It was nearly one year ago that I first found out I would be heading off to Borneo for the opportunity of a lifetime: a six-month internship with Orangutan Foundation International at the Orangutan Care Center and Quarantine (OCCQ) in Kalimantan, Indonesia. I had a few months to prepare for this journey but nothing can prepare you to for its end, although it is inevitable. As I reflect upon my experience I am filled with gratitude, awe, inspiration, and sadness. How am I supposed to pack my bags, board a plane, and leave this world behind?
Berman and I on our way to the forest
For the past six months my office has been the forest and my colleagues orangutans. My position as Communications Intern has allowed me the honor of sharing the stories of these amazing animals with the world. Although my dream has come true, there are over 330 orangutans that are still waiting for their dream of being wild again. Without OFI, these orangutans would not even have that chance to dream. Their fates would have been sealed the moment their mothers were killed and taken away from them. Thankfully, they have safe places to sleep, fresh fruit to eat, and caregivers to take them to the forest.
Office in the forest
I have seen the devastation that humans have inflicted upon the forests in Kalimantan. I have driven through hundreds of kilometres of palm oil plantations, visited mining sites, and met the results of illegal logging – infant orangutans suddenly orphaned with panic and heartache in their eyes. Precious forest habitat is disappearing at a nearly unstoppable rate: not only affecting wild orangutan populations, but also affecting the future of rehabilitated orangutans. Where will they go? Time is of the essence with orangutan conservation. We cannot wait – we must act now. But can we right our wrongs? Can we change what we have done? The only answer I have to these questions is that we must.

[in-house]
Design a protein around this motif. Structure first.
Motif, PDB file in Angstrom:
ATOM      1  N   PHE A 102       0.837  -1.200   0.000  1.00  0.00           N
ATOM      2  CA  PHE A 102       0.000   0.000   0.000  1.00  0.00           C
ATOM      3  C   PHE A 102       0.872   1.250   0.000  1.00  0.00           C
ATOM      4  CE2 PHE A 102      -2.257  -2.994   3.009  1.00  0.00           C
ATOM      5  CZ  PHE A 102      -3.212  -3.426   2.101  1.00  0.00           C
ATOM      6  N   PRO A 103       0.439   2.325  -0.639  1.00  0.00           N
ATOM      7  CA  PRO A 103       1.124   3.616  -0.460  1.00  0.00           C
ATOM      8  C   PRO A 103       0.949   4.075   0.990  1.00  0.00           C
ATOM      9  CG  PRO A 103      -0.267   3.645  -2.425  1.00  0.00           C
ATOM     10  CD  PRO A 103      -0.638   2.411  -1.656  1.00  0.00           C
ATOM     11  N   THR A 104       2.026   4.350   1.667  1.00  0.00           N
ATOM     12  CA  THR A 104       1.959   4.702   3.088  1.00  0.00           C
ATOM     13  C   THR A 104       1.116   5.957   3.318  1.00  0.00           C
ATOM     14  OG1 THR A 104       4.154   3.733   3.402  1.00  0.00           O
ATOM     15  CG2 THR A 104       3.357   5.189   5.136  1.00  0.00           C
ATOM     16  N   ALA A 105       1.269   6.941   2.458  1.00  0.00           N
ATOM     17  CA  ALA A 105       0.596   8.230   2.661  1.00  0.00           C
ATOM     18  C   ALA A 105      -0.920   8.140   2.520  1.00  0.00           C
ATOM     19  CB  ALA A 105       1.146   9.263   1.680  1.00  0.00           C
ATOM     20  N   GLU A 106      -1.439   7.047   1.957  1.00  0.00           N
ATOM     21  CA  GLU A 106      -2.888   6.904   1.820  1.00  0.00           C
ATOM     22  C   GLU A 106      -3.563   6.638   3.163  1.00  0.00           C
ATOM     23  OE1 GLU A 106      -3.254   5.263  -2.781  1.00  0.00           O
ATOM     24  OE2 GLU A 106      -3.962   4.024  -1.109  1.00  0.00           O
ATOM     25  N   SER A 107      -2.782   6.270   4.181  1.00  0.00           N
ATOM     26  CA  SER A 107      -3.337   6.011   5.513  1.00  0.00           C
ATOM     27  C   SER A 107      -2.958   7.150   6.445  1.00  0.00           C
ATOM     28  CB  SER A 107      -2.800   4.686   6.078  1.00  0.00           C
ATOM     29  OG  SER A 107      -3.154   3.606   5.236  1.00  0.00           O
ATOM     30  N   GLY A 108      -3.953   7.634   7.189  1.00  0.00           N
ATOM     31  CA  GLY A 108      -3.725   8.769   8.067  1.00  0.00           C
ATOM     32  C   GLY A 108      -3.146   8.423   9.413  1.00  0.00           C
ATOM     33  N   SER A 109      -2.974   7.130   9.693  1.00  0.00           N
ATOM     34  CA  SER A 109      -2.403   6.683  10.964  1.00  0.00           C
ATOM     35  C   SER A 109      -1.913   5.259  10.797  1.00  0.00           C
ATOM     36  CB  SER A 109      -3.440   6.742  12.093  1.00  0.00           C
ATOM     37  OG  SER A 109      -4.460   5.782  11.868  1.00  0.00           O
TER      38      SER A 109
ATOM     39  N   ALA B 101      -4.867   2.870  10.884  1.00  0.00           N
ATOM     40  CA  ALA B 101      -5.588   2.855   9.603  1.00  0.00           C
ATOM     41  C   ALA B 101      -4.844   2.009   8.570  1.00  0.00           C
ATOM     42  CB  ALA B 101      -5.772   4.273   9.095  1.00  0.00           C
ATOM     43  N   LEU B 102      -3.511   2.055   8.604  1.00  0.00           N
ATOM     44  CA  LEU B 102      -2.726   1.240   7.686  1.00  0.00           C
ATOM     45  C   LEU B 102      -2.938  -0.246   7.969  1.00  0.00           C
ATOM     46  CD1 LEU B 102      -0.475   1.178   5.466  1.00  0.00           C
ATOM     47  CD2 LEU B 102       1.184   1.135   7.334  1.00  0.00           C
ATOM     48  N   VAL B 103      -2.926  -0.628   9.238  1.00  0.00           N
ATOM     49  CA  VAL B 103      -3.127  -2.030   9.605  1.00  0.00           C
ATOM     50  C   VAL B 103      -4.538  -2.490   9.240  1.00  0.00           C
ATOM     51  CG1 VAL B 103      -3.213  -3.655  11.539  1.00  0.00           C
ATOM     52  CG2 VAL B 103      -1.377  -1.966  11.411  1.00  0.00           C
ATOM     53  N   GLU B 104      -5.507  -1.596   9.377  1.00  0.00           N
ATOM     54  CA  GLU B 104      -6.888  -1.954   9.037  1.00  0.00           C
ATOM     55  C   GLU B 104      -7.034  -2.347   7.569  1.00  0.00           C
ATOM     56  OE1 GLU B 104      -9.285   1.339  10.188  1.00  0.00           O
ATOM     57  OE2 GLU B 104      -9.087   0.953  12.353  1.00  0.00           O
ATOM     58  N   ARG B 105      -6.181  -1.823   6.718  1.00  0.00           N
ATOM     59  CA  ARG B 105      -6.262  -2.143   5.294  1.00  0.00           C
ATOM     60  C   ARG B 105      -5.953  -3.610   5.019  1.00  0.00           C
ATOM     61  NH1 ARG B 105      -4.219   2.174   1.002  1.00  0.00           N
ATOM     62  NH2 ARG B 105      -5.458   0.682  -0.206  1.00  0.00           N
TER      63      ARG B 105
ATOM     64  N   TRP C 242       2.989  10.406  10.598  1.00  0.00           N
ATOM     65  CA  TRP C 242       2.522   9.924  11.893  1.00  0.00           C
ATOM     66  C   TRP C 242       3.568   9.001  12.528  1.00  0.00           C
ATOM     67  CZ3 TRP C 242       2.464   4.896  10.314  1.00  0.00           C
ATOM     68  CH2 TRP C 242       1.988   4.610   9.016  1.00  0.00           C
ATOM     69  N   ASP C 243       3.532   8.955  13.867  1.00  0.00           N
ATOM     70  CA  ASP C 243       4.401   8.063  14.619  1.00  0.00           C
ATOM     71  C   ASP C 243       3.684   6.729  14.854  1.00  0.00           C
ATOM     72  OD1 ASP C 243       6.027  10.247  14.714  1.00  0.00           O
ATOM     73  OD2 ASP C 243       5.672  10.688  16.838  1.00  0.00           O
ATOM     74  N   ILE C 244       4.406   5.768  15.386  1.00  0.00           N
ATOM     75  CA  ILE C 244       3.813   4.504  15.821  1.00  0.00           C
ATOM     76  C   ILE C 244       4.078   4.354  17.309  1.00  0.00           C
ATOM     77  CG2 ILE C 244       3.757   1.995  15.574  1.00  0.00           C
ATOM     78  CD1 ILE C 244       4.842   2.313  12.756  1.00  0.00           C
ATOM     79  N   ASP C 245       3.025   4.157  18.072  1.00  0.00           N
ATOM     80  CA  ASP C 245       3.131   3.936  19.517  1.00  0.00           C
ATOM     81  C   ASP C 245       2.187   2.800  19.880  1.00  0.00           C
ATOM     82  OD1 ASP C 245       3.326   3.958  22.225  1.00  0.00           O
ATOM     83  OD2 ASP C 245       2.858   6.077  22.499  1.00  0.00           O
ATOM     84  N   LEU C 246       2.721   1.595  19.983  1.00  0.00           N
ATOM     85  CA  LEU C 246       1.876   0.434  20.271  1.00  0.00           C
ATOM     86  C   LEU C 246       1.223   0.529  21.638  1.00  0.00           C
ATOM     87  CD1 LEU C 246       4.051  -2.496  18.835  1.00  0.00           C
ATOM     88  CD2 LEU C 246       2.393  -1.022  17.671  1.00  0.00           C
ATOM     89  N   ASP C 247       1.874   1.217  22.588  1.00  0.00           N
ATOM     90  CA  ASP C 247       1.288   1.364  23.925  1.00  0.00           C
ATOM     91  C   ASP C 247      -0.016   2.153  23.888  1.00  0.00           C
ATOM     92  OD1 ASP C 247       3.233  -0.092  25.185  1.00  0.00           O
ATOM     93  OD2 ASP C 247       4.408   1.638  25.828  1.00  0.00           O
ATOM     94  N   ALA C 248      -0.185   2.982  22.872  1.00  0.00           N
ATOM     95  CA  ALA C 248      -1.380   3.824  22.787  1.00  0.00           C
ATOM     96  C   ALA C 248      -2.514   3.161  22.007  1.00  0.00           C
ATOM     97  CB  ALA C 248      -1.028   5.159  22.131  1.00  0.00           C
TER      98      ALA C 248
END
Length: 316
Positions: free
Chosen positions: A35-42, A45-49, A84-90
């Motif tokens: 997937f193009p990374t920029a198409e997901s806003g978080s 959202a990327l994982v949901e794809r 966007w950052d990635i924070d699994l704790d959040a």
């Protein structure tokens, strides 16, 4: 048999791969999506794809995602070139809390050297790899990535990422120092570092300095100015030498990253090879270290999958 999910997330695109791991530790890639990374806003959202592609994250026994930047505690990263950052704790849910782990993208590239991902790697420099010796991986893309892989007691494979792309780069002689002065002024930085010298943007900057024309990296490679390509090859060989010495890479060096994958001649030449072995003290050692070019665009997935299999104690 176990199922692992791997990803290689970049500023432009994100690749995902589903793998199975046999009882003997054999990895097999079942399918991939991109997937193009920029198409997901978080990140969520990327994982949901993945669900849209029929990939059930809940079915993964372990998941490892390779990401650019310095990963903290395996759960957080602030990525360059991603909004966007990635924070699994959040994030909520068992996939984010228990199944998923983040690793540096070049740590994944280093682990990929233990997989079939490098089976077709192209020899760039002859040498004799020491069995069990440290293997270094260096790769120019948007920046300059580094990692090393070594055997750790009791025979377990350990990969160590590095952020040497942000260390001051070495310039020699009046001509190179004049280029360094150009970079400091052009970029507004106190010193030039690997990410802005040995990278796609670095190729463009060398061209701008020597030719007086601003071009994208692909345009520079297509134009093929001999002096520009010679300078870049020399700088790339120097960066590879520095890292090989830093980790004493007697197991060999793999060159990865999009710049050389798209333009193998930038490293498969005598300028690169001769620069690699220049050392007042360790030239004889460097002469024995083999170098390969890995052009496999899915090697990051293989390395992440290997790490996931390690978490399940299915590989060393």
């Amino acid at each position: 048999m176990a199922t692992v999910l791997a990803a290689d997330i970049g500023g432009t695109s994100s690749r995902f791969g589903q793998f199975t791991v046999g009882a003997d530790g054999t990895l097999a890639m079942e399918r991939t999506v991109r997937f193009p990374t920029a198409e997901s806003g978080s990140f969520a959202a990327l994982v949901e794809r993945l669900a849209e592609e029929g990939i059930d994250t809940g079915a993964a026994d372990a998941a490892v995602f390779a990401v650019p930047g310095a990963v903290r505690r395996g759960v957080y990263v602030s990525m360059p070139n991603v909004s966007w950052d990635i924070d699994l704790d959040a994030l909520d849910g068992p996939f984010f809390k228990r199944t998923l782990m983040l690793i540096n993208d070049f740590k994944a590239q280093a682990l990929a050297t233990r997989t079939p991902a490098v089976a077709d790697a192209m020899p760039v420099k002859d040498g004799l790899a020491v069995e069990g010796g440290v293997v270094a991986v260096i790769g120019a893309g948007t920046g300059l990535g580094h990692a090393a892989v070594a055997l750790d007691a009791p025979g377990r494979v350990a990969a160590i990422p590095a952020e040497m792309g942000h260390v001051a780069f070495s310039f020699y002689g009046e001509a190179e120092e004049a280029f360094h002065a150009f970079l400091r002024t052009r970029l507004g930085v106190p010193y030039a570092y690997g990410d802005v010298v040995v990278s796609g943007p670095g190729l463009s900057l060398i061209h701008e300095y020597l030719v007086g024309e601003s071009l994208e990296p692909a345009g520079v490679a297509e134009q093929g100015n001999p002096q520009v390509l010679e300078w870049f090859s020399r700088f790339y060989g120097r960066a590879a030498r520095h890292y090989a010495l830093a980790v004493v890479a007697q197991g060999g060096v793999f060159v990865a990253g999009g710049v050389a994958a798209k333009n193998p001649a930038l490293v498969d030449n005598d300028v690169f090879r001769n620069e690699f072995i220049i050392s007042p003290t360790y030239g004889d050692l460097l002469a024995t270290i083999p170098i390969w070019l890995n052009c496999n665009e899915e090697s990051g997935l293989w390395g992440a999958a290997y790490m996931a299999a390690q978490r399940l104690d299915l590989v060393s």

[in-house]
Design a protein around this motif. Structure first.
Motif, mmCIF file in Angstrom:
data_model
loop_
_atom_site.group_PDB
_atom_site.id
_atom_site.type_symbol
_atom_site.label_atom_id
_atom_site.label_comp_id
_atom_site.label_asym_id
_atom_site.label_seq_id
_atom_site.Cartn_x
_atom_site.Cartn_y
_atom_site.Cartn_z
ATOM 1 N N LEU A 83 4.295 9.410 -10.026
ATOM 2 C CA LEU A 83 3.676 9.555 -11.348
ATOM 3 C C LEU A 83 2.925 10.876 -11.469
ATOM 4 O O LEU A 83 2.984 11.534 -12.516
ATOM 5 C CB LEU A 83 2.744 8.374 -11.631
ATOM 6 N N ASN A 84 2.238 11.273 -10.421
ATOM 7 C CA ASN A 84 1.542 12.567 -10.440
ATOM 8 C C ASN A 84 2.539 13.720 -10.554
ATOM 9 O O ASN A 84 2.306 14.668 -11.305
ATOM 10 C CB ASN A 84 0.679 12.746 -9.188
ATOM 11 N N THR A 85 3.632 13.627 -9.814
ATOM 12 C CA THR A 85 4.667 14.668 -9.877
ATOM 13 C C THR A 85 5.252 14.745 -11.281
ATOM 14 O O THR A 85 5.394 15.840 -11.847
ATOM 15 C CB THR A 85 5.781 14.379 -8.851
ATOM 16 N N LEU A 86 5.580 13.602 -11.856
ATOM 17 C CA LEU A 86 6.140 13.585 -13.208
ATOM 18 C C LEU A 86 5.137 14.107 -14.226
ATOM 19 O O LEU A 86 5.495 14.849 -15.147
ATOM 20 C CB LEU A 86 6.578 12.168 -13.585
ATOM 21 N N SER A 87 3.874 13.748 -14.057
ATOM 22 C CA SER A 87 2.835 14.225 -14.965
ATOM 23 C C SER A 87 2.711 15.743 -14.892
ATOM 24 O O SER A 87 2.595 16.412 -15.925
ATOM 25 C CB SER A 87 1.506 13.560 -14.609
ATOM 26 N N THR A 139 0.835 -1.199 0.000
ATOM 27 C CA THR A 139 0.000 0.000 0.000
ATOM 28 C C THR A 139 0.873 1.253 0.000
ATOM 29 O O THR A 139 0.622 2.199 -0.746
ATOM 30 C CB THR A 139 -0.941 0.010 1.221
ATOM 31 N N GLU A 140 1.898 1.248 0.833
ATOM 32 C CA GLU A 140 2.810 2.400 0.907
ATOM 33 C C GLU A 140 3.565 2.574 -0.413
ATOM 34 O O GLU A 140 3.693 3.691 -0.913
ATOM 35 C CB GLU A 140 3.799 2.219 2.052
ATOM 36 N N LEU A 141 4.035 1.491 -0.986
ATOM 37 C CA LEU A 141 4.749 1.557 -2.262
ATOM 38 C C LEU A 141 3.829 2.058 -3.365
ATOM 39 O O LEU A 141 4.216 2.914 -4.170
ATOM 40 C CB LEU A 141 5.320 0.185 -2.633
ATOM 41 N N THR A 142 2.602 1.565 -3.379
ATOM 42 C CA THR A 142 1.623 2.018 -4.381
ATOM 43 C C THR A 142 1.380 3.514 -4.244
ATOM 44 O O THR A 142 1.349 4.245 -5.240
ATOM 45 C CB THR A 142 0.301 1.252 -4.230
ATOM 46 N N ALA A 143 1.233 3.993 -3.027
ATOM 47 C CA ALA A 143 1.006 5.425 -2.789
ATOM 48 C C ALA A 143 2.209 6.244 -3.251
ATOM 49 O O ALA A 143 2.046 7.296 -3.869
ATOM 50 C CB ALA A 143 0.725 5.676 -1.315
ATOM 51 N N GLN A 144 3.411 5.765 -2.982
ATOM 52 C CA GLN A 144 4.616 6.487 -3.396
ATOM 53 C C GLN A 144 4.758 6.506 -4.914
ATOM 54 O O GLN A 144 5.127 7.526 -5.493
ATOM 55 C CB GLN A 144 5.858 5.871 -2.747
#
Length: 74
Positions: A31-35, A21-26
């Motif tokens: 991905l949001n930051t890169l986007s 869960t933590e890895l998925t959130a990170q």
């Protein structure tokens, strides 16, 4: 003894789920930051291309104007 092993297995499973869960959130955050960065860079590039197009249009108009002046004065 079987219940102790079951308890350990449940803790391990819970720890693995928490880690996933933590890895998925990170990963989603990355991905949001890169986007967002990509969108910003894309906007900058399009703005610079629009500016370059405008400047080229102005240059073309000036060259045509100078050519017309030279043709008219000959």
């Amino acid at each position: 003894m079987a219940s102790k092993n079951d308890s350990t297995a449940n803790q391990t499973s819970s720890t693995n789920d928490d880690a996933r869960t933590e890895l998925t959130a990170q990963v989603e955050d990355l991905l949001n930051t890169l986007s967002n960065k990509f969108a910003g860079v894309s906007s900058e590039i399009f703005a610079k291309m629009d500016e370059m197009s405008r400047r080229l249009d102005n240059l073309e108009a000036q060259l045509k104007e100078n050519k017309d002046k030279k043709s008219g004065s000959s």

Orphaned Suntara in the arms of her caregiver
Losing any of our planet’s precious life to the point of extinction is a terrible tragedy. But to lose a great ape, our history, our almost ancestors? This is a tragedy of unthinkable proportions. At least it is for me. When I look into the eyes of an orangutan or compare the size of my hands, I have a hard time believing that we are so different. Perhaps this is the reason I am so drawn to them. Orangutan mothers care for their infants much like my mother cared for me. When I watch juvenile orangutans play, I cannot help but think about children at the playground or in the sandbox.
Holding hands with Frankie
I will never forget the orange halo that radiates from an orangutan as it forages in the canopy on a sunny day or falling asleep at night to the majestic sound of long calls. It is only in my final days here that I truly realize what I have experienced and what I will greatly miss. I thank Orangutan Foundation International for not only giving me this opportunity but also for the amazing work they do. I thank the orangutans for sharing so much of themselves with me. I thank the people of Pasir Panjang and the staff at the OCCQ (including my fellow volunteers) for not only accepting me but befriending me. So instead of saying goodbye, I say sampai jumpa lagi – until we meet again.